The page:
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A fairly easy opening hole played downwind from atop a hill,
with trees and palmetto bushes protecting the driving range on the
right. The most difficult pin poistion is back left-center
near a wraparound bunker. Approach shots should be aimed for
center right of the green.
The ideal target off the tee is left center, which opens up the
right side of the green. The long green presents a three-club
difference from front to back, but it should not be a difficult
second shot from the fairway with a middle to short iron. The
toughest pin position is back left. In 1989 Nicklaus built a new
tee and moved the green left.
Nicklaus' re-design eliminated the mid-fairway water hazard,
making it a fairer hole. The second shot is a gamble for
those wishing to try for the green in two. A long bunker
keeps balls from rolling into the water. It's a straight shot
to the green from left center of the fairway, but a bunker on the
right makes a pin in the back right hard to reach.
This was formerly a par 3. The downwind drive demands
positioning for the proper approach shot, a wedge that can be spun
and held on the green, preferably a high, soft shot from around 100
yards. Otherwise the ball rolls off the back of the green
into a grassy swale, especially when the pin is placed back
right. The green, slightly elevated, is well-bunkered.
This hole also plays downwind, usually with a middle iron. It's
a deceptive shot, with a large depression making the green seem
smaller than it is. The best shot is a draw, but not too much of a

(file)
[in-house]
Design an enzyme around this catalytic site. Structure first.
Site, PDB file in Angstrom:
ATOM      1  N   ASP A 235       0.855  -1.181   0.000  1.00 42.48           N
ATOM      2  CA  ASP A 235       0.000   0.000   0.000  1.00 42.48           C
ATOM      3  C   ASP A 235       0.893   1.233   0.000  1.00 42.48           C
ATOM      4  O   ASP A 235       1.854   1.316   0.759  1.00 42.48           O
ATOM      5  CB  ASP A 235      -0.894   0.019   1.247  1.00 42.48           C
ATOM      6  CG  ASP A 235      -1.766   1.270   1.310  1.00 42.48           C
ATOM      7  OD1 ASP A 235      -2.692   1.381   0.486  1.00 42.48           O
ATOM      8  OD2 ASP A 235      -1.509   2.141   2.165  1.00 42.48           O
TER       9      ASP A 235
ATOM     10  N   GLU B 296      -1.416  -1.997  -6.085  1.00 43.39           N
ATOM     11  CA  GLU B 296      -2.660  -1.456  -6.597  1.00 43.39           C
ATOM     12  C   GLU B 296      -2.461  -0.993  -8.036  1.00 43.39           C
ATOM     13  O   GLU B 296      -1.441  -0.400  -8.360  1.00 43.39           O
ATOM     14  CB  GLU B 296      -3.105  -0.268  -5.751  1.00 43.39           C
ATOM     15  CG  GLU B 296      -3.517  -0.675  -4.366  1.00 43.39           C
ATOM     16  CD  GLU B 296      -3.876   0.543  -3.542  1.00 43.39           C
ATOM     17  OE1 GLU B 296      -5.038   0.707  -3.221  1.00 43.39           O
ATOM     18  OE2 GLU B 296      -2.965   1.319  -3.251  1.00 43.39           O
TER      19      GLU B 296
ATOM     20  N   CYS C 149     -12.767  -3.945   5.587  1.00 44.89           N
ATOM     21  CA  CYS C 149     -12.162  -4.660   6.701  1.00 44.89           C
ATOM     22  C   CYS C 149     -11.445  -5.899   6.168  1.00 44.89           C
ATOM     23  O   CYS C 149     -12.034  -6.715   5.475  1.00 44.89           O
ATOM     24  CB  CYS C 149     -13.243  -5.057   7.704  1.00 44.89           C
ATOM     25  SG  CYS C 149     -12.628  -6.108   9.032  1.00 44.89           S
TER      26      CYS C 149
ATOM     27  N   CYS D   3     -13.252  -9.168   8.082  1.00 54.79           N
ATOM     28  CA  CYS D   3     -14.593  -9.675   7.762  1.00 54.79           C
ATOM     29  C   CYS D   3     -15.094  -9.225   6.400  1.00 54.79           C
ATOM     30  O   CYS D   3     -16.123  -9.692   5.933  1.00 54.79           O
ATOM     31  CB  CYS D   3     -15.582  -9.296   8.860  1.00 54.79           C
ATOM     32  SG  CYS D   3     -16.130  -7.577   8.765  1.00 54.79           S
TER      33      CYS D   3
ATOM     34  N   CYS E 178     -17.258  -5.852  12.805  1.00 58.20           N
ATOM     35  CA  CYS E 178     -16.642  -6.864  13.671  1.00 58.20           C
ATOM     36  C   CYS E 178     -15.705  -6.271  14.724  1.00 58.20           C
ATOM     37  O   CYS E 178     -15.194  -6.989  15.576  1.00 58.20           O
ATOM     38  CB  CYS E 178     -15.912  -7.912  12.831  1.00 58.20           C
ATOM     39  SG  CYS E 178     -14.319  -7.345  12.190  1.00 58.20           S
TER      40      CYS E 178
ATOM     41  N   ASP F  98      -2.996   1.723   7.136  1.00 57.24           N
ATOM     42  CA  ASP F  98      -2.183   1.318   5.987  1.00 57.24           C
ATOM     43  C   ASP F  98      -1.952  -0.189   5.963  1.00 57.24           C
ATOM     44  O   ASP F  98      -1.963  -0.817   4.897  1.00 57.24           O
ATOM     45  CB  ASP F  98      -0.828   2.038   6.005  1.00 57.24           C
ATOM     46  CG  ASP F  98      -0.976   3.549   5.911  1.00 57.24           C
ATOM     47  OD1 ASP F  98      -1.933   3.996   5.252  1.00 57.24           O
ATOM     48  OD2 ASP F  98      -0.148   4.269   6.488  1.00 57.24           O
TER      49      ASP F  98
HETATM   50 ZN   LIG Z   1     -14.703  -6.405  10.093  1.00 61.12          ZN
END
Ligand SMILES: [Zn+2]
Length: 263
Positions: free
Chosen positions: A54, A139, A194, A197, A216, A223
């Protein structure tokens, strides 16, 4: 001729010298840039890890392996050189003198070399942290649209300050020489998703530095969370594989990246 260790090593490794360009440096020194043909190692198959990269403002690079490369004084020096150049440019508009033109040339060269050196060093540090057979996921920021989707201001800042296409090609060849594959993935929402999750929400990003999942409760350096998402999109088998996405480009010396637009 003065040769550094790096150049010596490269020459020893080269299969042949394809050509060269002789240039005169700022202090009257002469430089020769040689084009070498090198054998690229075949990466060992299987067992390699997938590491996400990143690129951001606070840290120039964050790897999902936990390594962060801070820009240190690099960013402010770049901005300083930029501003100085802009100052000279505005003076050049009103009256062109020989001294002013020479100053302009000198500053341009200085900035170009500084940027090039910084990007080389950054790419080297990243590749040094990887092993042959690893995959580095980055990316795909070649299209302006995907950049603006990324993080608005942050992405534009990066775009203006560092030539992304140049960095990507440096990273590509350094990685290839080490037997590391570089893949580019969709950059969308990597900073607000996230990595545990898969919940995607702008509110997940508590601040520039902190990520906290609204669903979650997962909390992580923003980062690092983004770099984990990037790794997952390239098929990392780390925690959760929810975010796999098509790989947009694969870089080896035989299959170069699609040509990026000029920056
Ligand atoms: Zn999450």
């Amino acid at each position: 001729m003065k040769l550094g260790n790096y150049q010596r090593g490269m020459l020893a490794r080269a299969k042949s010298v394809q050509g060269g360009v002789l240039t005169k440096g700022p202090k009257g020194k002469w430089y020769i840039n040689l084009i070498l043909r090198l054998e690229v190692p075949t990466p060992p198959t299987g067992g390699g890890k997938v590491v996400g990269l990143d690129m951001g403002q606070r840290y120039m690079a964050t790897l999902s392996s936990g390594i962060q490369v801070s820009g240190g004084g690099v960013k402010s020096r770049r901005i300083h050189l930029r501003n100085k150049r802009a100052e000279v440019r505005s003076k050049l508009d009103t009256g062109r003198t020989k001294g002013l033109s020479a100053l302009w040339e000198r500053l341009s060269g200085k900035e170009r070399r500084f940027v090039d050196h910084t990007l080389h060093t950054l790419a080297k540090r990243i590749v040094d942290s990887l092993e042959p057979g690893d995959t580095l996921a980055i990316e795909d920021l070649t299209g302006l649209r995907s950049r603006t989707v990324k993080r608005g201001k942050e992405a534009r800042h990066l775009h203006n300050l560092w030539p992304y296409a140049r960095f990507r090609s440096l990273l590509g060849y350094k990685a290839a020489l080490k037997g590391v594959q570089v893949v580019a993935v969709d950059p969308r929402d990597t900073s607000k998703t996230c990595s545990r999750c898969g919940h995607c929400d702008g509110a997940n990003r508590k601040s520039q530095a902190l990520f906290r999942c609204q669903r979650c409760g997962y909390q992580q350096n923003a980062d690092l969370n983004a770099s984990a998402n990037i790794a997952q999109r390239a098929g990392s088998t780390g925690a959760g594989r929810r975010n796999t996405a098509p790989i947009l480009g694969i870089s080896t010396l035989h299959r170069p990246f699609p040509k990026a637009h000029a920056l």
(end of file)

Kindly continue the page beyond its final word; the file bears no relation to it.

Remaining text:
draw since there's water running the full left side. The toughest
pin position is back left. It was par 4 before Nicklaus' changes,
which moved the green near the lake.
Although the sixth is a reachable par 5, hence a reasonable
birdie hole, most players will lay up for a pitch shot to the
green. The preferred drive and second shots are draws.
There's plenty of room on the right to bail out. The
difficulty is the water on the left side from tee to green, making
a back-left pin position tough.
A faded middle to long iron is the required tee shot, virtually
all carry over wasteland with trees and bunkers right and
out-of-bounds left. The green is four clubs deep with back
right the toughest pin location. There are substantial waste
bunkers on the right and large collection hollows on the left for
errant shots. The green has a dip that separates pin
Though it plays into the prevailing wind, the players may choose
to hit 3-woods or long irons off the tee because of a canal
crossing the fairway up near the green. Left center is the
preferred fairway position. For the best control, the approach
should be a long iron or knockdown middle iron kept low. Back right
pin position is most difficult.
The perfect tee shot is a draw to the center of the fairway,
leaving a middle to short iron to the green at the bottom of the
hill. Back left is the toughest pin position. Anything over the
green results in a tough up-and-down situation for par. Nicklaus'